Published in The Weekend Australian on 14.12.13
ONE year ago I wrote in these pages that the world's trading nations must not give up on successfully completing the decade-long global trade talks.
The Doha Round of multilateral trade negotiations had gotten nowhere since its launch in 2001. Confronted with the cynical refrain that Doha was as dead as a dodo, I argued that the dodo could yet take flight. Last Saturday, the Doha dodo achieved lift-off. For this, Australia can take much credit.
At a time when the global economy -- especially the developed world's -- is struggling for new sources of growth, another failure in the world trade talks would have delivered a devastating blow to confidence. It would have signalled a reversion to protectionism as nations sought in vain to protect their own jobs at the expense of others, leading to fewer jobs worldwide, slower economic growth and a return to recession.
The World Trade Organisation's 159 member countries agreed in Bali last weekend on a substantial down-payment on the Doha Round. Trade would be facilitated by improved Customs procedures, cutting down on the costly and wasteful delays leading to equipment and food sitting on wharves awaiting clearance.
Some modest reforms in agriculture would be implemented, together with measures to give the world's least-developed nations better access to rich-country markets. While this may seem a modest breakthrough, the trade-facilitation agreement alone is estimated to account for 44 per cent of the total prospective benefits of the Doha Round, with two-thirds of that gain accruing to developing countries.
How was the Bali agreement possible after 12 years of failure? Australia played a pivotal role. Just months after prime minister Julia Gillard appointed me trade minister in October 2010, I found myself in a chairlift high above the ski resort of Davos in Switzerland, heading for a dinner on a mountaintop. Six other trade ministers attended -- those from the US, China, the EU, India, Brazil and Japan. Our task was to revive the flagging Doha Round.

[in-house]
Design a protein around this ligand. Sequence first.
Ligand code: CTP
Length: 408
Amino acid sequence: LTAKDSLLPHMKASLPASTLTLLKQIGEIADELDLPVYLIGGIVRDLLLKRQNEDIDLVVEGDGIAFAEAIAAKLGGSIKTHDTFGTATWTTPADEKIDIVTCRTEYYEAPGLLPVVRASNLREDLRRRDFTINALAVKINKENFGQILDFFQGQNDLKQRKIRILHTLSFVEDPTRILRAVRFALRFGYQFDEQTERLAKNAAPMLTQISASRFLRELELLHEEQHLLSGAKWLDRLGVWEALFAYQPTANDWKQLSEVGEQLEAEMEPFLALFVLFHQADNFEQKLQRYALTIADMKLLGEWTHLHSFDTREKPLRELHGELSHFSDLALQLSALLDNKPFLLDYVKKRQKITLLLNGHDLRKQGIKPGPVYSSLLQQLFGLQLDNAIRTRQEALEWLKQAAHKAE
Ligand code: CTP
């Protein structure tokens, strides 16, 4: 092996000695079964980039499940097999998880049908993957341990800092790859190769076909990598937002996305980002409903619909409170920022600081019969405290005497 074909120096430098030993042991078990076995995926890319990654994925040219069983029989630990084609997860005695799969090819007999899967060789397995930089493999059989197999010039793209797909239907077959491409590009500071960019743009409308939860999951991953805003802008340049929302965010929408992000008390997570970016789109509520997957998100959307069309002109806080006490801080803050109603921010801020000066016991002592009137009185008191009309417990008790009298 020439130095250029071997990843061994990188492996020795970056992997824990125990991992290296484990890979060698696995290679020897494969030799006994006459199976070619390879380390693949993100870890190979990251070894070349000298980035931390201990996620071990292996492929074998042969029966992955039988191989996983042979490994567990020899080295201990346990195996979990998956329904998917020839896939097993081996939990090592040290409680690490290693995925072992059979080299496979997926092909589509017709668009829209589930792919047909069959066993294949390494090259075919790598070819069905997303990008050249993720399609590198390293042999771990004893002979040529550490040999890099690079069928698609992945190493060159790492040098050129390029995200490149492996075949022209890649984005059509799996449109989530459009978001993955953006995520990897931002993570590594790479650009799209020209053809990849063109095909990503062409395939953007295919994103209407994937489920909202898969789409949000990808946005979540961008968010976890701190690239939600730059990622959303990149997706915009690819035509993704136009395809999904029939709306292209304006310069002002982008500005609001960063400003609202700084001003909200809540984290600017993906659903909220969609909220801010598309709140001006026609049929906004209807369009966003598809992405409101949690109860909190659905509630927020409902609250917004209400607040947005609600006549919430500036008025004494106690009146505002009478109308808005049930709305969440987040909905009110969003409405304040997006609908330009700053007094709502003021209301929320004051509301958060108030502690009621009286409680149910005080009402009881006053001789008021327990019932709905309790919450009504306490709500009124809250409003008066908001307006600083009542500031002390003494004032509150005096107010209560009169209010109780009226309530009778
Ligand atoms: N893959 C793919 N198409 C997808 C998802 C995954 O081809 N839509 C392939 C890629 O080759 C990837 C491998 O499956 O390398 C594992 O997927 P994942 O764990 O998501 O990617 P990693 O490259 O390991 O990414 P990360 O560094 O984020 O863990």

That Australia, as the smallest country in attendance, had been invited to the dinner spoke volumes of the credibility we had built up in the multilateral forum over decades. We had come to be seen as a genuine liberaliser, not waiting for the world to move first before reducing our own trade barriers. And we had a reputation for coming up with new ideas to help break deadlocks.
While the conversation was amicable and the dinner companions expressed good intentions, there was no big new idea. But the mountaintop image stayed with me. I recalled a conversation many years before with a school friend, Paul Godsell, who told me of a Martin Luther King speech in which the civil-rights activist declared: "I have been to the mountaintop." In telling me this, Paul invoked the saying of many philosophers that there were many paths to that mountaintop.
In the ensuing months, I pondered our dinner atop a snow-covered mountain, the impassibility of the pathway that had been trodden for a decade and the need for finding new pathways to the summit. It became clear to me that the Doha Round was too big, involving too many issues.
Countries refused to budge on one issue unless others gave ground on unrelated issues. Manufacturing tariffs would not be reduced unless agricultural export subsidies were reduced. No progress would be made on services without an agreement on reducing farm subsidies.
The idea occurred to me that we should try a new pathway to the Doha mountaintop, breaking up the round into separate negotiations and completing them as they were ready.
Gillard successfully championed this "new pathways" idea through the 2011 meetings of the Commonwealth Heads of Government, the Asia-Pacific Economic Co-operation forum, the G20 and the East Asia Summit. The Americans picked it up and lent it their weight, rebadging it as containing "fresh and credible approaches". The World Trade Organisation formally adopted it as a way forward in December 2011. At that Geneva meeting, China indicated it was open to "exploring new pathways".
Success was achieved at Bali through the negotiating skills of WTO director-general Roberto Azevedo and Indonesian host Gita Wirjawan, together with the goodwill of key countries such as the US, which had been unfairly criticised for years for intransigence. The first multilateral deal in 20 years had been reached.
An agenda for a further instalment and a pathway for achieving it must be developed. But as Martin Luther King demonstrated, there is nothing more powerful than the power of a good idea.